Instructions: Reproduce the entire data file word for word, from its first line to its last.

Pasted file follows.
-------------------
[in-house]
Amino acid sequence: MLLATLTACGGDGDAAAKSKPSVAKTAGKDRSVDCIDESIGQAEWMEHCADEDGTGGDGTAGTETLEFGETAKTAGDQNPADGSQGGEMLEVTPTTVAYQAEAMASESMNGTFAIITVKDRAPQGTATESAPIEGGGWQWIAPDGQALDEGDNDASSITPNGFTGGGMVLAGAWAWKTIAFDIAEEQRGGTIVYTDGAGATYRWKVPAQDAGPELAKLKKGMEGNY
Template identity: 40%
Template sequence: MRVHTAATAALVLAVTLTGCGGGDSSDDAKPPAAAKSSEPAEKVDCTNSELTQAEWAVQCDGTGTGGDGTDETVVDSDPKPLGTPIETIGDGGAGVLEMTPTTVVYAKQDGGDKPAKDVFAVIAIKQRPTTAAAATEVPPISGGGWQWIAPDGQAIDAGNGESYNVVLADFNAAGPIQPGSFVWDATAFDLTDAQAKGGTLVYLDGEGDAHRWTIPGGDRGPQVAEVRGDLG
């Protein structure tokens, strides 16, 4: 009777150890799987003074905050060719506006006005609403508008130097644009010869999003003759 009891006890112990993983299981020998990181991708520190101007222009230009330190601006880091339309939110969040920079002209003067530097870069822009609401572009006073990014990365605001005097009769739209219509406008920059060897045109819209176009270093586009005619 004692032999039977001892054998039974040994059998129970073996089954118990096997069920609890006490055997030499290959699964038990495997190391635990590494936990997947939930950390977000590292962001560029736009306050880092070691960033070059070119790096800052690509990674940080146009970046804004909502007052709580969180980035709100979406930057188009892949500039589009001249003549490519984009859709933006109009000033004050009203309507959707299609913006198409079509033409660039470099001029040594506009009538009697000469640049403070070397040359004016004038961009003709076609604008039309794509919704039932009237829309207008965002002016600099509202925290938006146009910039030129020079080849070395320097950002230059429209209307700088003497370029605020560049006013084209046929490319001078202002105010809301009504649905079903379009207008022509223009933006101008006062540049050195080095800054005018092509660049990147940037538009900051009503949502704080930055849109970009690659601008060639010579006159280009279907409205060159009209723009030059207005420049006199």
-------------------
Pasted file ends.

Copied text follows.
[in-house]
Amino acid sequence: MLLATLTACGGDGDAAAKSKPSVAKTAGKDRSVDCIDESIGQAEWMEHCADEDGTGGDGTAGTETLEFGETAKTAGDQNPADGSQGGEMLEVTPTTVAYQAEAMASESMNGTFAIITVKDRAPQGTATESAPIEGGGWQWIAPDGQALDEGDNDASSITPNGFTGGGMVLAGAWAWKTIAFDIAEEQRGGTIVYTDGAGATYRWKVPAQDAGPELAKLKKGMEGNY
Template identity: 40%
Template sequence: MRVHTAATAALVLAVTLTGCGGGDSSDDAKPPAAAKSSEPAEKVDCTNSELTQAEWAVQCDGTGTGGDGTDETVVDSDPKPLGTPIETIGDGGAGVLEMTPTTVVYAKQDGGDKPAKDVFAVIAIKQRPTTAAAATEVPPISGGGWQWIAPDGQAIDAGNGESYNVVLADFNAAGPIQPGSFVWDATAFDLTDAQAKGGTLVYLDGEGDAHRWTIPGGDRGPQVAEVRGDLG
């Protein structure tokens, strides 16, 4: 009777150890799987003074905050060719506006006005609403508008130097644009010869999003003759 009891006890112990993983299981020998990181991708520190101007222009230009330190601006880091339309939110969040920079002209003067530097870069822009609401572009006073990014990365605001005097009769739209219509406008920059060897045109819209176009270093586009005619 004692032999039977001892054998039974040994059998129970073996089954118990096997069920609890006490055997030499290959699964038990495997190391635990590494936990997947939930950390977000590292962001560029736009306050880092070691960033070059070119790096800052690509990674940080146009970046804004909502007052709580969180980035709100979406930057188009892949500039589009001249003549490519984009859709933006109009000033004050009203309507959707299609913006198409079509033409660039470099001029040594506009009538009697000469640049403070070397040359004016004038961009003709076609604008039309794509919704039932009237829309207008965002002016600099509202925290938006146009910039030129020079080849070395320097950002230059429209209307700088003497370029605020560049006013084209046929490319001078202002105010809301009504649905079903379009207008022509223009933006101008006062540049050195080095800054005018092509660049990147940037538009900051009503949502704080930055849109970009690659601008060639010579006159280009279907409205060159009209723009030059207005420049006199």